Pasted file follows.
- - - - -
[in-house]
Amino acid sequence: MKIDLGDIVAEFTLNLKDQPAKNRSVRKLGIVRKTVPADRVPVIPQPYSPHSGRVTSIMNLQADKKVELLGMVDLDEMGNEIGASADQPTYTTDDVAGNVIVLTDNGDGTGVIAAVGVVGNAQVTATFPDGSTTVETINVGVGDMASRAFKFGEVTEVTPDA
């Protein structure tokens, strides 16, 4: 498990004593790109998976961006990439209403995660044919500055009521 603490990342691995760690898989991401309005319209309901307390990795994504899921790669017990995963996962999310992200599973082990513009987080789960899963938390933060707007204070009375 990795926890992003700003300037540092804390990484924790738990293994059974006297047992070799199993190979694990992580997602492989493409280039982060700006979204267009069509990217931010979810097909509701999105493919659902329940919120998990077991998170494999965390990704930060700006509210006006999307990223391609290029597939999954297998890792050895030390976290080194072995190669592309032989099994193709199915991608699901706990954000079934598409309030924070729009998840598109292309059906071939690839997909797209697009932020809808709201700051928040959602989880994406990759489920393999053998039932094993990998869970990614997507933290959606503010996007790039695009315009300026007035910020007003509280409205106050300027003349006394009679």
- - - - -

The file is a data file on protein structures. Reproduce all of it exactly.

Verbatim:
[in-house]
Amino acid sequence: MKIDLGDIVAEFTLNLKDQPAKNRSVRKLGIVRKTVPADRVPVIPQPYSPHSGRVTSIMNLQADKKVELLGMVDLDEMGNEIGASADQPTYTTDDVAGNVIVLTDNGDGTGVIAAVGVVGNAQVTATFPDGSTTVETINVGVGDMASRAFKFGEVTEVTPDA
């Protein structure tokens, strides 16, 4: 498990004593790109998976961006990439209403995660044919500055009521 603490990342691995760690898989991401309005319209309901307390990795994504899921790669017990995963996962999310992200599973082990513009987080789960899963938390933060707007204070009375 990795926890992003700003300037540092804390990484924790738990293994059974006297047992070799199993190979694990992580997602492989493409280039982060700006979204267009069509990217931010979810097909509701999105493919659902329940919120998990077991998170494999965390990704930060700006509210006006999307990223391609290029597939999954297998890792050895030390976290080194072995190669592309032989099994193709199915991608699901706990954000079934598409309030924070729009998840598109292309059906071939690839997909797209697009932020809808709201700051928040959602989880994406990759489920393999053998039932094993990998869970990614997507933290959606503010996007790039695009315009300026007035910020007003509280409205106050300027003349006394009679």